Rotator cuff injuries

“Doc, I think I’ve hurt my rotary cup” is a statement I hear from patients many times per week.

Whether it be by virtue of an injury, repetitive tasks, or without any clear reason at all, the rotator cuff can cause a lot of pain. Before dissing the rotator cuff, let me explain what it is and what it does: comprised of the tendons of four separate muscles, the rotator cuff functions (in addition to other muscles) to move the shoulder up, down, to the side and behind the back.

Rotator cuff injuries occur on a spectrum, ranging from tendinitis (inflammation) to tendinosis (chronic) to rotator cuff tears (acute). Predisposing factors for rotator cuff tendinitis/osis are repetitive overhead activities (work or sports related), anatomical variants, abnormal scapular motion (dyskinesis), older age, elevated BMI or cholesterol, as well as diabetes.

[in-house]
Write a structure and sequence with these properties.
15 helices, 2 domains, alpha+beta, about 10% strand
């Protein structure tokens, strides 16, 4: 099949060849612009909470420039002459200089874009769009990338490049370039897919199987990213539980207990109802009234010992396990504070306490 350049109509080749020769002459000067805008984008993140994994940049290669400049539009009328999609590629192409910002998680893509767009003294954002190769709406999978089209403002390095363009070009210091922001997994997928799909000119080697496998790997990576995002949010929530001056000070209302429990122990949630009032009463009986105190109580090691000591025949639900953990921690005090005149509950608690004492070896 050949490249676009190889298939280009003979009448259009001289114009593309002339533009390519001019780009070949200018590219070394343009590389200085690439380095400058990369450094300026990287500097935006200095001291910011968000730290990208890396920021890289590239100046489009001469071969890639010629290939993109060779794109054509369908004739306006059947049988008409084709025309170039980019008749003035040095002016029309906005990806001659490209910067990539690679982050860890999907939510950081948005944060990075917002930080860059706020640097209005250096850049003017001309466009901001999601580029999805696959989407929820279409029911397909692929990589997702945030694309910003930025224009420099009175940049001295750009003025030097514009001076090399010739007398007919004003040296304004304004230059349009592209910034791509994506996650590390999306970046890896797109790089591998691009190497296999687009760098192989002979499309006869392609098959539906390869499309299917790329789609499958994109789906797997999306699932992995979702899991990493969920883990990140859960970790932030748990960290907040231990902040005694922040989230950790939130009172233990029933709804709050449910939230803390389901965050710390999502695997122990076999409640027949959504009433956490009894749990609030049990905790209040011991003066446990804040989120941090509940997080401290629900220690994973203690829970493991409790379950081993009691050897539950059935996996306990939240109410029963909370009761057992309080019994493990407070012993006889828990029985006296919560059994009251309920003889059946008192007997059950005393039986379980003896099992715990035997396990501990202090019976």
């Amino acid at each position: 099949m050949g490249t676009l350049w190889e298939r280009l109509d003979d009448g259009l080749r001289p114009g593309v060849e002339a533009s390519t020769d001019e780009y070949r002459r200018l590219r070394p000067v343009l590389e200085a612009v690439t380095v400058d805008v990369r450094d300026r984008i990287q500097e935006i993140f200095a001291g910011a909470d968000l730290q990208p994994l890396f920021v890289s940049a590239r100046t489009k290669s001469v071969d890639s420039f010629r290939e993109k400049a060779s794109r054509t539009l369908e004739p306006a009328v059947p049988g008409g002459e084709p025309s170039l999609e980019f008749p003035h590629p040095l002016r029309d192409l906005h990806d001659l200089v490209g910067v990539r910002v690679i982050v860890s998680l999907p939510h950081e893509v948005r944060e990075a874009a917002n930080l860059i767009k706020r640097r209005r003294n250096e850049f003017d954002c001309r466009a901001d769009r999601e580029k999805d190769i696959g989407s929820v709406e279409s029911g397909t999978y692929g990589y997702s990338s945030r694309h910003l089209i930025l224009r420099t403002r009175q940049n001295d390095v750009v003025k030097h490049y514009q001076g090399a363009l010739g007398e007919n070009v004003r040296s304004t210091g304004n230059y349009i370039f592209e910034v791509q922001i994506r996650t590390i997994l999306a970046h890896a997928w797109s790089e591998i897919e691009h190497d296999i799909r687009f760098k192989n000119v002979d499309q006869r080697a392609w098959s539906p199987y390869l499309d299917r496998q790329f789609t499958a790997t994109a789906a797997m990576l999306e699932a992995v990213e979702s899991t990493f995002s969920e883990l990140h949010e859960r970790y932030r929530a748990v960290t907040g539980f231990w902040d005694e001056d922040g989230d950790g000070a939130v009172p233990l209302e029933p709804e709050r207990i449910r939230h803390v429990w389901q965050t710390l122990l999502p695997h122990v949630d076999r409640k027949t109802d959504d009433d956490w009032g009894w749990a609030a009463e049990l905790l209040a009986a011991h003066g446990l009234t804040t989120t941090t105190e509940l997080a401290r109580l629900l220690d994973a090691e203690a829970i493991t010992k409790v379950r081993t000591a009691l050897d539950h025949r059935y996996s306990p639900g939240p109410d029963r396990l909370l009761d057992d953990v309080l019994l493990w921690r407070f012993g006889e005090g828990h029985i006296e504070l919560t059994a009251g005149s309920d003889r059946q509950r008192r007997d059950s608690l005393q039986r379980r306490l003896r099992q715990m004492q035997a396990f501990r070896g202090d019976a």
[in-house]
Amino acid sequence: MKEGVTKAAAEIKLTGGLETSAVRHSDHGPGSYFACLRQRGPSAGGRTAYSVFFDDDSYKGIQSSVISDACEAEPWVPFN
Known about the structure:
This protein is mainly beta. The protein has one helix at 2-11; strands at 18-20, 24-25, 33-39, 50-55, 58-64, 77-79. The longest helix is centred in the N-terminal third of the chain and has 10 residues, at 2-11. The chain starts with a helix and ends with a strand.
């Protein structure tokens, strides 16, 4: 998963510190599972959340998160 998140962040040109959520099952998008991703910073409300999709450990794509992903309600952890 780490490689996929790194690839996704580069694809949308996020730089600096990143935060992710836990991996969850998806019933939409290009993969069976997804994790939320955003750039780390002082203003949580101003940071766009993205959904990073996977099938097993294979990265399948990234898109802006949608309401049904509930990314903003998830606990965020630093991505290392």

Treatment options largely depend on the degree of the rotator cuff injury, but the general approach is to start with a trial of rest, ice, activity modification, and an anti-inflammatory in conjunction with exercises for range of motion and strengthening. Subsequent treatment options include corticosteroid injections. In cases of rotator cuff tears, surgical repair is often indicated.

Below are some exercises which may help people with rotator cuff pain:

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